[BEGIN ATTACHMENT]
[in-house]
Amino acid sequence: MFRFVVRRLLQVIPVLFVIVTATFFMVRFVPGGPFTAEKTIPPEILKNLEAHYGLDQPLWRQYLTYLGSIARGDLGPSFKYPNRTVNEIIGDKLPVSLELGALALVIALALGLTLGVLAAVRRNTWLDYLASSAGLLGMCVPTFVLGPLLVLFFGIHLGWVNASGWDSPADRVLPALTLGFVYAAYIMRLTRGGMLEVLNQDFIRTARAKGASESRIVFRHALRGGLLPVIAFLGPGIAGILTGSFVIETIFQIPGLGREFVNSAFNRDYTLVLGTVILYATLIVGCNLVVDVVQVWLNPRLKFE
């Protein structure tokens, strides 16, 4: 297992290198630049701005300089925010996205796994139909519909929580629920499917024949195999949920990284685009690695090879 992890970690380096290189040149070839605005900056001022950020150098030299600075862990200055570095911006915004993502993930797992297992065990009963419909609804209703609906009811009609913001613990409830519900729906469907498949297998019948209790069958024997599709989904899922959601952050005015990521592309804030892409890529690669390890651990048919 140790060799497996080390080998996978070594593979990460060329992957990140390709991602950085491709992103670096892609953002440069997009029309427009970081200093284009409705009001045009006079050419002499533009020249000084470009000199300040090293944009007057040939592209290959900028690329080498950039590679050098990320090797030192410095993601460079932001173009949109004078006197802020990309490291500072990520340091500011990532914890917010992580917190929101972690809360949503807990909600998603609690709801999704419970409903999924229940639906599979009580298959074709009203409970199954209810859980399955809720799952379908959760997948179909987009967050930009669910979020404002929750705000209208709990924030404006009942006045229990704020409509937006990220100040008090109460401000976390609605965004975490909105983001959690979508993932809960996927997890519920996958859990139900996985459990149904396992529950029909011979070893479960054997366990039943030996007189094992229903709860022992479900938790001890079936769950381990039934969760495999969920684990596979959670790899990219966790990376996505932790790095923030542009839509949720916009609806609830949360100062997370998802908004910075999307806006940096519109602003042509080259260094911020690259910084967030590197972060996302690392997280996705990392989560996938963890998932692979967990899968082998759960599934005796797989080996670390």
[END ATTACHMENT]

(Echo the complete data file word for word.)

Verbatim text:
[in-house]
Amino acid sequence: MFRFVVRRLLQVIPVLFVIVTATFFMVRFVPGGPFTAEKTIPPEILKNLEAHYGLDQPLWRQYLTYLGSIARGDLGPSFKYPNRTVNEIIGDKLPVSLELGALALVIALALGLTLGVLAAVRRNTWLDYLASSAGLLGMCVPTFVLGPLLVLFFGIHLGWVNASGWDSPADRVLPALTLGFVYAAYIMRLTRGGMLEVLNQDFIRTARAKGASESRIVFRHALRGGLLPVIAFLGPGIAGILTGSFVIETIFQIPGLGREFVNSAFNRDYTLVLGTVILYATLIVGCNLVVDVVQVWLNPRLKFE
């Protein structure tokens, strides 16, 4: 297992290198630049701005300089925010996205796994139909519909929580629920499917024949195999949920990284685009690695090879 992890970690380096290189040149070839605005900056001022950020150098030299600075862990200055570095911006915004993502993930797992297992065990009963419909609804209703609906009811009609913001613990409830519900729906469907498949297998019948209790069958024997599709989904899922959601952050005015990521592309804030892409890529690669390890651990048919 140790060799497996080390080998996978070594593979990460060329992957990140390709991602950085491709992103670096892609953002440069997009029309427009970081200093284009409705009001045009006079050419002499533009020249000084470009000199300040090293944009007057040939592209290959900028690329080498950039590679050098990320090797030192410095993601460079932001173009949109004078006197802020990309490291500072990520340091500011990532914890917010992580917190929101972690809360949503807990909600998603609690709801999704419970409903999924229940639906599979009580298959074709009203409970199954209810859980399955809720799952379908959760997948179909987009967050930009669910979020404002929750705000209208709990924030404006009942006045229990704020409509937006990220100040008090109460401000976390609605965004975490909105983001959690979508993932809960996927997890519920996958859990139900996985459990149904396992529950029909011979070893479960054997366990039943030996007189094992229903709860022992479900938790001890079936769950381990039934969760495999969920684990596979959670790899990219966790990376996505932790790095923030542009839509949720916009609806609830949360100062997370998802908004910075999307806006940096519109602003042509080259260094911020690259910084967030590197972060996302690392997280996705990392989560996938963890998932692979967990899968082998759960599934005796797989080996670390």